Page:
It was during a routine phone call to her father in the early ‘70s that sparked a transformation in Ann Huntington. He mentioned taking the family pet to a female veterinarian. From that time on, Ann decided that she too would become a veterinarian, although female vets were rare then.
She left her marketing position at a trucking company and returned to college to fulfill undergraduate science requirements. She was accepted into Cornell University’s four-year veterinary school and officially became Dr. Ann Huntington in 1977.
Today her 40-year-old Suffield Veterinary Hospital on East Street employs four other doctors catering to cats, dogs, ferrets, guinea pigs, chinchillas, birds and other pets. She doesn’t treat farm animals, reptiles or amphibians.
The hospital is on the nine-acre site of the former Brockett Animal Hospital, started in the ‘50s. Dr. Huntington purchased the practice with her late husband Nick Mickelson in 1983. She built an addition in 2002, tripling the size of the original building.
Dr. Huntington listed three major changes to the veterinary business since she started: the rise of specialists, the increase in treatment costs and the arrival of emergency clinics.
Although her practice employs generalists, she said today there are board-certified animal cardiologists, ophthalmologists, dentists and other specialists similar to those we humans frequent. Her team regularly refers patients to such experts who offer superior service, but naturally cost more.
“For example, a torn ACL is the most common orthopedic problem we see in dogs,” she said. “About 15 years ago, an extremely talented and reliable traveling surgeon would visit our hospital and repair Anterior Cruciate Ligaments (ACL) for $600 or $700. Now, specialists charge no less than $4,000.”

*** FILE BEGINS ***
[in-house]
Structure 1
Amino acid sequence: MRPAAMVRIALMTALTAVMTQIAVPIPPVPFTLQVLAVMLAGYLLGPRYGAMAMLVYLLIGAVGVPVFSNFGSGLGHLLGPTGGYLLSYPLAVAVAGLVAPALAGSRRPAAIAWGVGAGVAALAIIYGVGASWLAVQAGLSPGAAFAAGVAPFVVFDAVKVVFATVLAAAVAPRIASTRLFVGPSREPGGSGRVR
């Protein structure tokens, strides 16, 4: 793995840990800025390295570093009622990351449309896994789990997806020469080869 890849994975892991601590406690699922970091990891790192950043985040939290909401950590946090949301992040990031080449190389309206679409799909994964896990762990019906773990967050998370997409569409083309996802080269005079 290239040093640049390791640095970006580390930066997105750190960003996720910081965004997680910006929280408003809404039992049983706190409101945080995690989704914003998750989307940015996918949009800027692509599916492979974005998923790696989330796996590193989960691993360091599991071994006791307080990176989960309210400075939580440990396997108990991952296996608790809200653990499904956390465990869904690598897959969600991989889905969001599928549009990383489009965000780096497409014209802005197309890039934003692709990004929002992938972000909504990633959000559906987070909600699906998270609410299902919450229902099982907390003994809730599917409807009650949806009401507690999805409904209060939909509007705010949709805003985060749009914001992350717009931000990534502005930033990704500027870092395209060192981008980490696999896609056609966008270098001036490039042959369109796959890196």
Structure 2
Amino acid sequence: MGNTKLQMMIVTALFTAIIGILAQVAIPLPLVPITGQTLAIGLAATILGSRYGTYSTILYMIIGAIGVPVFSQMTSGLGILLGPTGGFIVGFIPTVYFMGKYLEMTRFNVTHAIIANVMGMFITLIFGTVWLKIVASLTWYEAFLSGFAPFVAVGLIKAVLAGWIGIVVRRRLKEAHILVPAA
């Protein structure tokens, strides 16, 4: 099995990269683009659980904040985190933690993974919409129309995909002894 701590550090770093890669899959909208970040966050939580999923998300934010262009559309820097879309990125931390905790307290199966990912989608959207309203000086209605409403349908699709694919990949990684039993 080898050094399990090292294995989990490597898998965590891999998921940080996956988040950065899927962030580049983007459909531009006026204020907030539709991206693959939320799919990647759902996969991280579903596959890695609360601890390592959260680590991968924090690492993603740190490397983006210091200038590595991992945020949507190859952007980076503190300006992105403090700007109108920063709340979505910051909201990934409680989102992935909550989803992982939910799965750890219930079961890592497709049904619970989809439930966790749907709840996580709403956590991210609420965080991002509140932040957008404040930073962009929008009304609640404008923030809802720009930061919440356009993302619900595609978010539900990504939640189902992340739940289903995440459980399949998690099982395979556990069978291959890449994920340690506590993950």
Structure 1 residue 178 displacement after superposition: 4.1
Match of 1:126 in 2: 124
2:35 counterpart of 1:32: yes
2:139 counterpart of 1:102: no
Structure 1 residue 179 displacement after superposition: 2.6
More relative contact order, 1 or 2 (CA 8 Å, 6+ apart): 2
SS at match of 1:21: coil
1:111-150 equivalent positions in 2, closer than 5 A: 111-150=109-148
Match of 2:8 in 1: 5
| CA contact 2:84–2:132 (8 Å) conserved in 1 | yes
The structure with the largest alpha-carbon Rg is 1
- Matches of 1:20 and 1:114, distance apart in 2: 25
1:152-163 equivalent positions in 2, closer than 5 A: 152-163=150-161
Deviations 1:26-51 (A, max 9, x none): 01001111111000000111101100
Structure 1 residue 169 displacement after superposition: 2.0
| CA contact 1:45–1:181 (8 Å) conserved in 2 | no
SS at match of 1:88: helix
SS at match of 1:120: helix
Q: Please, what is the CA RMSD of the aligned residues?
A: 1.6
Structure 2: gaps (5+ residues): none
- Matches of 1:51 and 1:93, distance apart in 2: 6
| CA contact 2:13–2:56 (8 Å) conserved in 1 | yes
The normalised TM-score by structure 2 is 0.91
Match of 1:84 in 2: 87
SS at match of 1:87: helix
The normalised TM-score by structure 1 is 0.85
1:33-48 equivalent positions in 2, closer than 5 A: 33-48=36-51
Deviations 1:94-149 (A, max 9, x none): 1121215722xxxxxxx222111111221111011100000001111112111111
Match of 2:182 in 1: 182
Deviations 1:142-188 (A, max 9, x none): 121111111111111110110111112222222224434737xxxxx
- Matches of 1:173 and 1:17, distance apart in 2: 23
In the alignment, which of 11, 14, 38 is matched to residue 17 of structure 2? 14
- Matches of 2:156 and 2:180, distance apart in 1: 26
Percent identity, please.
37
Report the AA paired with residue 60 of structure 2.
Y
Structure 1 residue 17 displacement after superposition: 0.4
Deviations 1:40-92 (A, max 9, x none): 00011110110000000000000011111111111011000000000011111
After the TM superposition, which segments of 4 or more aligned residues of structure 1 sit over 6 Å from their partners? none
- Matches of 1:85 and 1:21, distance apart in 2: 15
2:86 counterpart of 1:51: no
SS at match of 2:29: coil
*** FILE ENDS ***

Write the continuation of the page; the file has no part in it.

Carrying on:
If you can’t afford such bills, Dr. Huntington suggests you consider pet insurance for catastrophic problems, not for routine care. It pains her to see clients who “very frequently” have to choose euthanasia over corrective treatment, due to high costs.
On a happier, albeit self-serving note, she welcomes the arrival of emergency animal hospitals, such as the one in Windsor, so she and her team needn’t be on call 24 hours.
Dr. Huntington and her associate, Dr. Emilie Laston, operate a successful canine sperm bank. They collect and freeze semen regularly. “Dogs who win in the show ring and field trials, or those who are healthy, with good hips and clean eyes, can be preserved,” she said. “So, 15 years from now their semen can be used for breeding. Today dog litters bred from semen we’ve provided live in Australia and all over Europe and the U.S.”
Over the years Dr. Huntington has served on Suffield’s Board of Finance and as the town’s water commissioner. She’s been a longtime Suffield Observer advertiser and was involved in youth soccer when her two sons were younger.
She loves Suffield and considers the animal care her team provides and the employment she extends to over 30 people as the best job in the world.